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Birmingham spectators: Catalyst for 2022 Commonwealth Games’ success

By Samuel Ifetoye
08 August 2022   |   4:32 am
This year’s Commonwealth Games, tagged Birmingham 2022, has, no doubt, provided residents with the opportunity to come out en masse to support both the government and athletes.

Nigeria’s Ese Brume poses with the scoreboard after setting a new Commonwealth record in the women’s long jump final athletics event at the Alexander Stadium, in Birmingham on day ten of the Commonwealth Games in Birmingham, central England, on August 7, 2022. (Photo by Ben Stansall / AFP)

This year’s Commonwealth Games, tagged Birmingham 2022, has, no doubt, provided residents with the opportunity to come out en masse to support both the government and athletes.   

   
At every event centre, the presence of Birmingham residents, who wave their country’s flag and clothes with the inscription of England’s national colours, is noticeable. Some will even be seen with faces painted and their bodies acknowledging their support for the competition.  
 
There is, no doubt, that the organisers of the competition are smiling to the bank from tickets sold through several online platforms, as residents trooped to event venues in large numbers.
   
What is intriguing at the Birmingham 2022 is the number of aged men and women, who are in their 80s and 90s, coming out to give their maximum support to the athletes.  

At every exciting occasion, one sees them also shouting and urging their compatriots to come home with the medals. Even the children are not left out in the ecstasy the Games have generated in almost one week since the start of the competition.

   
Speaking with The Guardian, yesterday, in a shuttle bus specially provided by the Games’ organisers of the competition to convey spectators to venues, one Agnes said she was indeed catching fun, and that she also believed the rest are doing the same thing.
  
When The Guardian asked her if she has been part of the Commonwealth Games right from the start of the competition, and how much she has been paying for tickets, she answered, ‘’The prices of tickets actually vary. I think the least goes for £10 for children and you pay as much as £300 for special seats, and we are all enjoying ourselves.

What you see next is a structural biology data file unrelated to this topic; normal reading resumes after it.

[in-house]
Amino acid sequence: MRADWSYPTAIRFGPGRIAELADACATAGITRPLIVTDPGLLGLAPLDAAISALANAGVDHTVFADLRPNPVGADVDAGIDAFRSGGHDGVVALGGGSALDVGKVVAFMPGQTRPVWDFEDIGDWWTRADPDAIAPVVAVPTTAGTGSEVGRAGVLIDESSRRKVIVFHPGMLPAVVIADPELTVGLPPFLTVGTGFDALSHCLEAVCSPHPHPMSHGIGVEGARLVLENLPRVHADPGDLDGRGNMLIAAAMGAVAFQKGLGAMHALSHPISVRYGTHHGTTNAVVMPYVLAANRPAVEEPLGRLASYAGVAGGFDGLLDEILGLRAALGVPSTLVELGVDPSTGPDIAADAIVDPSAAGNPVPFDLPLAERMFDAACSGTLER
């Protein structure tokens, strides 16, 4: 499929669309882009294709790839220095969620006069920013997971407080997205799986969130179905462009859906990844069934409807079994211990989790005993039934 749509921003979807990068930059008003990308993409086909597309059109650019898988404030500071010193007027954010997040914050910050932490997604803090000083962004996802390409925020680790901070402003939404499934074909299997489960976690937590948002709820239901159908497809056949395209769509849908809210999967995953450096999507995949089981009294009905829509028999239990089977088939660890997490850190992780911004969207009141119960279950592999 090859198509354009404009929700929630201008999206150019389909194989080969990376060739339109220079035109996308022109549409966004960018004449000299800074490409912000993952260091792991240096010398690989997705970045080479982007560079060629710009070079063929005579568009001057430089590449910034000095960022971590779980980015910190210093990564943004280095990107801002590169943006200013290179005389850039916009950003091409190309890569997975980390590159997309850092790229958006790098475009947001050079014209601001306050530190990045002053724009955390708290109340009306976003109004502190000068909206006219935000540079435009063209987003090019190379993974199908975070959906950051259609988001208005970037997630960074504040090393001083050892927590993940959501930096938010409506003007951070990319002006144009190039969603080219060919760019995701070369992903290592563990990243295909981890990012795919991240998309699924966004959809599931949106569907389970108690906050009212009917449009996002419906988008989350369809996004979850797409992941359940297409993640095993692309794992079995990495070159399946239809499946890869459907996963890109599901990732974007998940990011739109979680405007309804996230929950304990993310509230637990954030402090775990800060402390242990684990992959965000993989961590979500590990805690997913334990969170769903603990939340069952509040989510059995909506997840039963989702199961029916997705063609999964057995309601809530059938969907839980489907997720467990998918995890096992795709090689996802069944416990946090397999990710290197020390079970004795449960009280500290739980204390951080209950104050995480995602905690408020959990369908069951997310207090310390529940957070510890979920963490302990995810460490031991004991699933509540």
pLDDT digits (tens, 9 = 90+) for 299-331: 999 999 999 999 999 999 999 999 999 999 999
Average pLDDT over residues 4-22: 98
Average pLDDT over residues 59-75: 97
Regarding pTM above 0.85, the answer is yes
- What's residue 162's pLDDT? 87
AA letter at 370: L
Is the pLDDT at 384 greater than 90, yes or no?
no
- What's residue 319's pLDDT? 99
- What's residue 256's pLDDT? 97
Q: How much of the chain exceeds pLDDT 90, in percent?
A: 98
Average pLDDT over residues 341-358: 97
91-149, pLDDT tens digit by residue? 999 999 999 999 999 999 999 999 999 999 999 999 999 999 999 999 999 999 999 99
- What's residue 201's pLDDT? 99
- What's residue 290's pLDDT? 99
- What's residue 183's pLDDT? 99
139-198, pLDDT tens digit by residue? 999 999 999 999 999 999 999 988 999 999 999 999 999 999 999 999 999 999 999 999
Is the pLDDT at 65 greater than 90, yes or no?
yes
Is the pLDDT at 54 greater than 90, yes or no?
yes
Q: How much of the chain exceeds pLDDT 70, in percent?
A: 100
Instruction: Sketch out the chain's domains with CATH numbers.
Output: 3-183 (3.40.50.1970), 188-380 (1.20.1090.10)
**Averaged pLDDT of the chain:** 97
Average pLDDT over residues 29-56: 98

‘’I know you guys from other countries are enjoying yourself too because that is the essence of the competition, which is to get to know one another and enjoy ourselves,’’ she said.
   
One notable thing always shown by the indigenes of Birmingham is the pride that their city is the biggest, after London, in England. On enquiry, an immigrant told The Guardian that Birmingham in the actual sense is next to London.  
 
‘’Don’t mind anything an indigene of Manchester City tells you because they think they are next to the city of London, but they are not. Birmingham City, as you can see for yourself and by the time you move around, is a beautiful city and second to London.
 
‘’What makes the city of Manchester more prominent is the two big clubs, Manchester United and Manchester City. These clubs are the ones selling the image of England to the rest of the world in football. And this is massive for the country,’’ a resident said.

At the start of the competition in athletics last Tuesday, the 32,000 capacity of the magnificent Alexander Stadium, which is the main venue of the 2022 Commonwealth Games, was more than 90 per cent filled with fans and everyone showing his or her ticket.
   
And if what The Guardian learnt on fees paid to watch every event at the Games is anything to go by, then the organisers might have cause to appreciate the spectators for also paying to watch the competition unlike those countries where government declare seats free after spending so many public funds without any recourse for profit at the end of competition and profit declared at the end of the day.